Law Shucks, Layoffs

This Week in Layoffs: 06.13.09

Law Shucks layoffs layoff tracker.jpg[Ed. note: Above the Law has teamed up with Law Shucks. Law Shucks has done excellent work translating all of the layoff news into user-friendly charts and graphs: the Layoff Tracker.]
That’s it? We’re looking for that one perfect week of no layoffs and we lose it to a Tennessee firm and two UK firms? So much for midsize firms being a safe harbor. The dream of a week without layoffs lives on. Instead, we’ll catch up on the regular activity. The trend of initial jobless claims declining continues, with new applications down to January levels. Same old song and dance, though, as total unemployment continues to climb, setting a record for the 19th straight week.

Businesses are slowing staff reductions as signs emerge that the worst recession in at least five decades may end in the second half of 2009. Still, economists in a Bloomberg News survey predicted the unemployment rate will climb to 10 percent by year-end and restrain consumer spending, muting any recovery.

That’s pretty much in line with the trend in the law-firm sector, although we might have our first green shoots. After the jump.

Back in March, we reported that every major Chicago law firm had laid people off, other than Locke Lord, which promptly laid people off a week later, and Winston & Strawn, which has not had any reported layoffs but we’ve been keeping an eye on them since January due to reports of stealth layoffs. Now things might be looking up. The National Law Journal reports that Skadden, Cozen O’Connor, and Nixon Peabody are all hiring in Chicago. Skadden has laid off 80 staff attorneys but no associates.

Skadden, which has its third-largest U.S. office in Chicago, has flexibility in the number of additional lawyers it could post in the new office, said [Skadden real-estate partner Marian] Wexler, who declined to specify how many new attorneys might be coming on board. In the eight floors that Skadden will occupy in the new building, the firm also has a new cafeteria from which it will not only serve meals, but also provide food for meetings, allowing it to reduce catering costs, she said.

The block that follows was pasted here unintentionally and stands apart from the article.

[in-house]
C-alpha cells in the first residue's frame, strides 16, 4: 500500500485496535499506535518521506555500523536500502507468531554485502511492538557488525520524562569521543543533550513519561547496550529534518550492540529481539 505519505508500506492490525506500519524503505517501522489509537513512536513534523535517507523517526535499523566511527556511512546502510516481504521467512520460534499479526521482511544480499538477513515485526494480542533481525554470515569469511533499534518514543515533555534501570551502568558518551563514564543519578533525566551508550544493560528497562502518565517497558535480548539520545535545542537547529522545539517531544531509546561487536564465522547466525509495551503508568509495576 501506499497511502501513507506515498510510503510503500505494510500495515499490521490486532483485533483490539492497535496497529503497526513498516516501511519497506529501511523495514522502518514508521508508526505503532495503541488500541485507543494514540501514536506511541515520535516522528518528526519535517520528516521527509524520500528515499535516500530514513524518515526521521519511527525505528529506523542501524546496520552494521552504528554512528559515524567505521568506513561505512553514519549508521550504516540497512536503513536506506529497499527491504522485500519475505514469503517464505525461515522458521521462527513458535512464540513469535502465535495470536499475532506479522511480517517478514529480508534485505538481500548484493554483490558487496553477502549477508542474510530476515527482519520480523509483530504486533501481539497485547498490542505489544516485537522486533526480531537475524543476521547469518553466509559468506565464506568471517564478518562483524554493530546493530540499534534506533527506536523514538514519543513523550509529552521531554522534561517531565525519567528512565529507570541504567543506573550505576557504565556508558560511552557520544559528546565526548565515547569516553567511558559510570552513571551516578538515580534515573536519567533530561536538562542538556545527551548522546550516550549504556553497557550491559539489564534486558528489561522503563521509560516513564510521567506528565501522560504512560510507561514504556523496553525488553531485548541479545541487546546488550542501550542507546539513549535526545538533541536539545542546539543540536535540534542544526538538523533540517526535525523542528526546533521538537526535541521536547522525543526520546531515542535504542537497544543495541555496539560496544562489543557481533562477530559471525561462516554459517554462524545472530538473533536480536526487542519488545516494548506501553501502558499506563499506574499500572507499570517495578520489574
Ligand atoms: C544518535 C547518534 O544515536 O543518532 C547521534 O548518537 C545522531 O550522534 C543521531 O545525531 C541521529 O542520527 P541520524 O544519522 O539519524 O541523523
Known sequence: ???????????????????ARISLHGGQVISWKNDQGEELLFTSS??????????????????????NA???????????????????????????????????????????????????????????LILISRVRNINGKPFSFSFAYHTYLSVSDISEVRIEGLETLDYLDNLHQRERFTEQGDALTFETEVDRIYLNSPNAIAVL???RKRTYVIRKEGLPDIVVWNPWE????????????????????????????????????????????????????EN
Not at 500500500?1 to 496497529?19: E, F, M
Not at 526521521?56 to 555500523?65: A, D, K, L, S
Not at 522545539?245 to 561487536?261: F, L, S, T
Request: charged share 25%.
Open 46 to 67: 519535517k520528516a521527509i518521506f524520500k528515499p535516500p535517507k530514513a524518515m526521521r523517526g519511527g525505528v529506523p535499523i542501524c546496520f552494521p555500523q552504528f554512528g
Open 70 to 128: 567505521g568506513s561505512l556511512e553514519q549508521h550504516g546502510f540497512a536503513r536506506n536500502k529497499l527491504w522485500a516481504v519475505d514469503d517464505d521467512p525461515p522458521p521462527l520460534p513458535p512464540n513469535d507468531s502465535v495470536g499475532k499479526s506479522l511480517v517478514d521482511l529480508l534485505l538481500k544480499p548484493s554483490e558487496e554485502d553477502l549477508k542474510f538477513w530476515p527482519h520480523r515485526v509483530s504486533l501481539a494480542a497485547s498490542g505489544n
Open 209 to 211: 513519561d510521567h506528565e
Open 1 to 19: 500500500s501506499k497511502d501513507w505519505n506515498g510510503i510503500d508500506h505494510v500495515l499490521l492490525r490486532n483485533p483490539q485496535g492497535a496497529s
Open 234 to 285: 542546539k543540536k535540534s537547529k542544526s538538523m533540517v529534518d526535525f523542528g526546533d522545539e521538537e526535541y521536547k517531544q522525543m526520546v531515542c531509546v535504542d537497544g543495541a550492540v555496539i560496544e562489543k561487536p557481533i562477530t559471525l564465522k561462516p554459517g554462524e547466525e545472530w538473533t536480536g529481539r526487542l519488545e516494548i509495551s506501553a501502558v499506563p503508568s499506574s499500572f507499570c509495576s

So there’s no actual confirmation that Skadden is hiring, just that they’ve taken more space. Cozen has laid off 61 staff, and will be moving into larger space next April (one of Skadden’s vacated floors, as it turns out). Tia Ghattas, the firm’s managing partner in Chicago says the firm is “actively recruiting,” and in particular is looking for corporate lawyers and commercial litigators who “already have books of business.” Who isn’t? And that’s also not likely to mean they’re interested in the associates who have been affected by recent events. Finally, the piece turns to Nixon Peabody. There might actually be a real sign of life there:

Nixon Peabody earlier this month moved into a new office building at 300 South Riverside Plaza, nearly doubling its Chicago space to 32,676 square feet. The firm has 22 lawyers there now and wants to add 15 to 20, said Stephen Rudisill, who leads the office. The firm opened its doors in the city in 2007 with a group of intellectual property lawyers. “Chicago is a major market in the country so [the firm management would] like to add some of the other practices here,” Rudisill said.

While this series focuses on law firm layoffs, the hardest-hit legal employer this week were the South Florida County Clerks’ offices. At least 259 people have been laid off from Broward, Miami-Dade, and Palm Beach counties. All in all, this was a much-appreciated quiet week in law firm layoffs. On Law Shucks, we wrap up the rest of the firms’ cost-control practices, including lots more salary cuts and a whopper of a start date deferral. We also have the updated numbers for the week, month, and year.

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